As posted by Dave Howard in another forum he notes that
snapping CSV data can be achieved in many ways . . .

There is always more than 1 way to skin the cat .
Looking at what was trying to be accomplished, I
immediately thought of the ph_regexsnap1 function. My
version looks like:
Code:
ph_regexsnap1(",\([^,*\),","\1","[LOCAL1]",1,29,0,0,0)


Much simpler if I say so myself. This code searches for
the a comma, snaps the block of text that does not
contain a comma, followed by a comma. The 29 in the
formula says to snap the 29th occurrence of this
particular pattern...no length problems of any sort using
this logic. Alas, there is a bug in the ph_regexsnap1
function where the occurrence value seems to be skipping
(Im working on fixing this now). So in theory, this would
be great...it just doesn't work until I correct the bug.

But...we also have access to the ph_regexdiff1 function.
My code using this function looks like this:
Code:
ph_regexdiff1(",",",","[LOCAL1]",1,29,0,0,0)


Wow..even simpler. This also has the added benefit of
actually working . This just uses two search strings and
returns the data in between them and also returns the
29th occurrence.

But...hold on, were not through yet. PowerHome provides a
function designed to work with comma (or tab, or etc.)
separated values. The ph_parseline function. The
equivlant code (and it also works) looks like:
Code:
ph_parseline("[LOCAL1]",",",29)


Tailor made for just this type of data

Edited by GadgetGuy - November 22 2010 at 16:26


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Posted: November 21 2010 at 13:39 | IP Logged Quote BeachBum

You’ve got way too much time… Outstanding job documenting PH string functions. Keep up the good work. Maybe we’ll get a detail users guide yet.

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Posted: November 21 2010 at 13:53 | IP Logged Quote GadgetGuy

You are probably right Pete (about too much time), but I so appreciate everything that PH has helped me accomplish after years of looking for a decent solution, that it is a pleasure to "give back" something.

If I can help new users get upto speed faster with some examples, then I will feel I have helped. The PH Help file is a good start, but without any examples, I was never sure when to put quotes around anything, or use direct values, etc.

I always wished for examples, so I'm trying to do that now.

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Posted: November 21 2010 at 15:47 | IP Logged Quote MrGibbage

In my opinion, posts like this would be perfect for the powerhome wiki. Right now, the wiki is
looking a little bare. I've got a few ideas for pages there, so I will try and get them posted
there before the end of the year.

Eventually, the wiki *would* be the user's guide we have always hoped for.

http://www.power-home.info/wiki/index.php?title=Main_Page


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Posted: November 21 2010 at 16:37 | IP Logged Quote GadgetGuy

You keep up the good work on a wiki and I'll keep writting stuff to put there (it's hard to keep an old technical writer down )

PS:

Skip - I have been a PH user and Forum contributor for years now and I DID NOT KNOW ABOUT THE WIKI!!!!!

I just went there and was very impressed. What a great start.

Somehow, I think it is important to get the word out about this. Perhaps a prominent announcement on the initial Forum Home page, and certainly (David) right at the front of the Help guide in PH!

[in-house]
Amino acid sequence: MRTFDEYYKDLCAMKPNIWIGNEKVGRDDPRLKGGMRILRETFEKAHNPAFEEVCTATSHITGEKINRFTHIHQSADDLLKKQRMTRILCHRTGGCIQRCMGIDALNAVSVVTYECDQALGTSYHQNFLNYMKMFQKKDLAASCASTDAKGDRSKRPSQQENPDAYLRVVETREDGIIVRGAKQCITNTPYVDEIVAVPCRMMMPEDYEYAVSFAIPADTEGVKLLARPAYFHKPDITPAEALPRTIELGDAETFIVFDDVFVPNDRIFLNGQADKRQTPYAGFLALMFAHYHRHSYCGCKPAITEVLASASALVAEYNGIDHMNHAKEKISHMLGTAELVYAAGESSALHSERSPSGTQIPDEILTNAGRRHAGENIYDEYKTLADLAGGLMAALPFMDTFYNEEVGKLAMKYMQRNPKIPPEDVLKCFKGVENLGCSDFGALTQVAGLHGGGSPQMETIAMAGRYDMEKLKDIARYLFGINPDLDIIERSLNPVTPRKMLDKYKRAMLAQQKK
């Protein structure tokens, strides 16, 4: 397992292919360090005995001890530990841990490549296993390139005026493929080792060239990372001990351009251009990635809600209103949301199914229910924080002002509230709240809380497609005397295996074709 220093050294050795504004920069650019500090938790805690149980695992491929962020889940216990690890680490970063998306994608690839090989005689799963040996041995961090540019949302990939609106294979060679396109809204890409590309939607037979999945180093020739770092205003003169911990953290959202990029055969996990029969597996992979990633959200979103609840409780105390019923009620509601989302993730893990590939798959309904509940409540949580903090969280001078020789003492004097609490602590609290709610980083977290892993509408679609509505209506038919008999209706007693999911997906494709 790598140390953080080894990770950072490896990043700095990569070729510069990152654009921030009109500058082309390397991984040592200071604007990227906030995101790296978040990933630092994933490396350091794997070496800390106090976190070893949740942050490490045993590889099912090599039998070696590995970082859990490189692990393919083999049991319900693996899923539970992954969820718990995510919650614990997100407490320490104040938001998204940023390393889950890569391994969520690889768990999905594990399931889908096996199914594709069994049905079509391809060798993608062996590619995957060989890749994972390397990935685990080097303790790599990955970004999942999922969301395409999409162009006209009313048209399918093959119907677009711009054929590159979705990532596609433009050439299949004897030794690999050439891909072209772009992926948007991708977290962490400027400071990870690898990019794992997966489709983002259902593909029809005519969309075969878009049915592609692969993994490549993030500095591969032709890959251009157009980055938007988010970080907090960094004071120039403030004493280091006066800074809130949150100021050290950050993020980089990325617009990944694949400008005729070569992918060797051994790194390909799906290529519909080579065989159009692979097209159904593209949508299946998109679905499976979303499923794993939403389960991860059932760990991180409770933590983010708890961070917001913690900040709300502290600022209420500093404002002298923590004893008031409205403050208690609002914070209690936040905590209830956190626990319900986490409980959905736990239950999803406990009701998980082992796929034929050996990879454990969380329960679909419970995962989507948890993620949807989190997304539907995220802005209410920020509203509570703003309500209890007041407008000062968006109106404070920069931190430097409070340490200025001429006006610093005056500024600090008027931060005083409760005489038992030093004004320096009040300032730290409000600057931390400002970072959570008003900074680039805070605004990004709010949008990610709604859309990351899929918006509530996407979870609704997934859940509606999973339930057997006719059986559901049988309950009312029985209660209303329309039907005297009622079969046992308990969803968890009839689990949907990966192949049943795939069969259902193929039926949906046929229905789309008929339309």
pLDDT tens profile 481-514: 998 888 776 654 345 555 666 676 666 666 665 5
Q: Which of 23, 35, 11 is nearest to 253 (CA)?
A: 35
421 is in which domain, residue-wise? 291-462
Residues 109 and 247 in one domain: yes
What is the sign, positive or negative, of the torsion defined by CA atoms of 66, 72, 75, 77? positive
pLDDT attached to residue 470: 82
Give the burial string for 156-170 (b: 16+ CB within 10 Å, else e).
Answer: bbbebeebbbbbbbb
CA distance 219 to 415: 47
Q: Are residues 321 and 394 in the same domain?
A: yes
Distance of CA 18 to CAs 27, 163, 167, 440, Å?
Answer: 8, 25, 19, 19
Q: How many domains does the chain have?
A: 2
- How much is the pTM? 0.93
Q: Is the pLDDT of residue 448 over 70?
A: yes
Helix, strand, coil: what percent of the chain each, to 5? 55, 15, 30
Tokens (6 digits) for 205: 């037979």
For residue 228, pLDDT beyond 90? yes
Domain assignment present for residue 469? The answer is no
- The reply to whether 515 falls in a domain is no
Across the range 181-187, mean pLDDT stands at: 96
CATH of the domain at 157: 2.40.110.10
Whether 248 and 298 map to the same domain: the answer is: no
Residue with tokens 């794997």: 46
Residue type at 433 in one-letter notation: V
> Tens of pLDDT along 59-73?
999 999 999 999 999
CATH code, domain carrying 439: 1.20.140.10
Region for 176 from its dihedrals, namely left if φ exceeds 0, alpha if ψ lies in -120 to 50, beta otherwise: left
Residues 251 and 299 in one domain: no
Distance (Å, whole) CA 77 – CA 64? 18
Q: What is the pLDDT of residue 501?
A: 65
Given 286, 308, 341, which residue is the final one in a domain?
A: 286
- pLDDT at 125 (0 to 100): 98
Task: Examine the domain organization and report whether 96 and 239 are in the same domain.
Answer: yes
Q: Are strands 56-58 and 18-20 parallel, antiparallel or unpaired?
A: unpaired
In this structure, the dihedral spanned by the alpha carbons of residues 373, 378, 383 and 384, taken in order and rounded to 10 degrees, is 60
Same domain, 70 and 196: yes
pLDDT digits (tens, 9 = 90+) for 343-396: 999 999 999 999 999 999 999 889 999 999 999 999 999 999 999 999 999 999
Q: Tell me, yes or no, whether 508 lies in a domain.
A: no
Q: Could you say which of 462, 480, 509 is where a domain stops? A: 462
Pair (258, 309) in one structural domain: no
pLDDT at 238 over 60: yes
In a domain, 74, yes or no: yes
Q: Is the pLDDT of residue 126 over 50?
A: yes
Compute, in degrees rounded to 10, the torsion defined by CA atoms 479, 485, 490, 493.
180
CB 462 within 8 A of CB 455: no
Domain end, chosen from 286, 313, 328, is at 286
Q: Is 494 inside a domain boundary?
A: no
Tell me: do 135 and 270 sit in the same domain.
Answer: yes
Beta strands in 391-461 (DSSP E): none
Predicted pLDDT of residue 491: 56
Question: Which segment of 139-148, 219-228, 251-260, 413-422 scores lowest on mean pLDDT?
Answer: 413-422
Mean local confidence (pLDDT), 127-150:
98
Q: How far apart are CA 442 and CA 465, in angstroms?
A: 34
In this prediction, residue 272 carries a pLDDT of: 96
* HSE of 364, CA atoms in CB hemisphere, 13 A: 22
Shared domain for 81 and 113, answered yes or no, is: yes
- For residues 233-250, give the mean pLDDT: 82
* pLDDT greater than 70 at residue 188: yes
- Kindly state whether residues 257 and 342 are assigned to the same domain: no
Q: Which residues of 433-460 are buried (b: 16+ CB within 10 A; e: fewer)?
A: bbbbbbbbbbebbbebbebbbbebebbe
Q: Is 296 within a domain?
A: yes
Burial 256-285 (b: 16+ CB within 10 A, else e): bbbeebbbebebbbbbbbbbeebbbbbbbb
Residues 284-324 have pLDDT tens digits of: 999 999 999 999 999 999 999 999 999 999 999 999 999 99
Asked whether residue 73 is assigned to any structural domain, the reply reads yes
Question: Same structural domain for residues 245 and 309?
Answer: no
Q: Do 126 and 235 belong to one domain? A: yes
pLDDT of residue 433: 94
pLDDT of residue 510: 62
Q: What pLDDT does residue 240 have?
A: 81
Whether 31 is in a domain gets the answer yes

Good job.

Edited by GadgetGuy - November 21 2010 at 17:21


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Posted: November 21 2010 at 17:39 | IP Logged Quote BeachBum

The Wiki started out good but outside people started to post junk there so Dave kind of shut it down…. But you’re absolutely right. Ken if you want to step up to the platter as a tech writer maybe some of us old tech writers might be able to assist you. Some people have wordsmithing skills and you are definitely one who does. I for one don’t but I have experience in how to proof those who do. Dave would love to have a bunch of volunteers who would contribute to the cause.

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Posted: November 21 2010 at 17:58 | IP Logged Quote GadgetGuy

Pete - I offered to help David a year ago and have sent several "prods" since, but the progression and improvement efforts it has taken to bring a next generation PH to us all have taken the toll on his time windows, I suspect.

Over a year ago I wrote him a nice "reference" to post on the web site under the References tab, and reminded him once since, but the tab is still empty with no references!

I have offered to "sanitize" my entire collection of PH efforts (database, macros, Windows Scripts, web site design, etc) for him to include with the next release of PH in place of the hugely out of date sample.db file now provided but haven't gotten a solid nibble yet.

I have been nibbling around the edges with posts in this Repository forum to try to help new users get started with some of the kinds of information I wished I had had.

I'd be glad to continue to pitch in

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Posted: November 21 2010 at 19:07 | IP Logged Quote BeachBum

I suspect Dave is in a tough position but it’s his baby and his to call. Sometimes a hobby or passion becomes a job and then it becomes a little harder to drive.

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Posted: November 22 2010 at 06:36 | IP Logged Quote GadgetGuy

Right on Pete. Been there, done that! It is a tough position.

Hey! I was thinking about the wiki "pollution" issue from unwanted junk posts.

A moderator who reviewed submitted articles before they are posted one one to control things, but what about limiting one's ability to post to a wiki if, and only if, the poster is at least a Senior Member (or maybe one lower), of the Forum?

That should only allow responsible contributions to be made, with the minimum ammount of administrative hassle.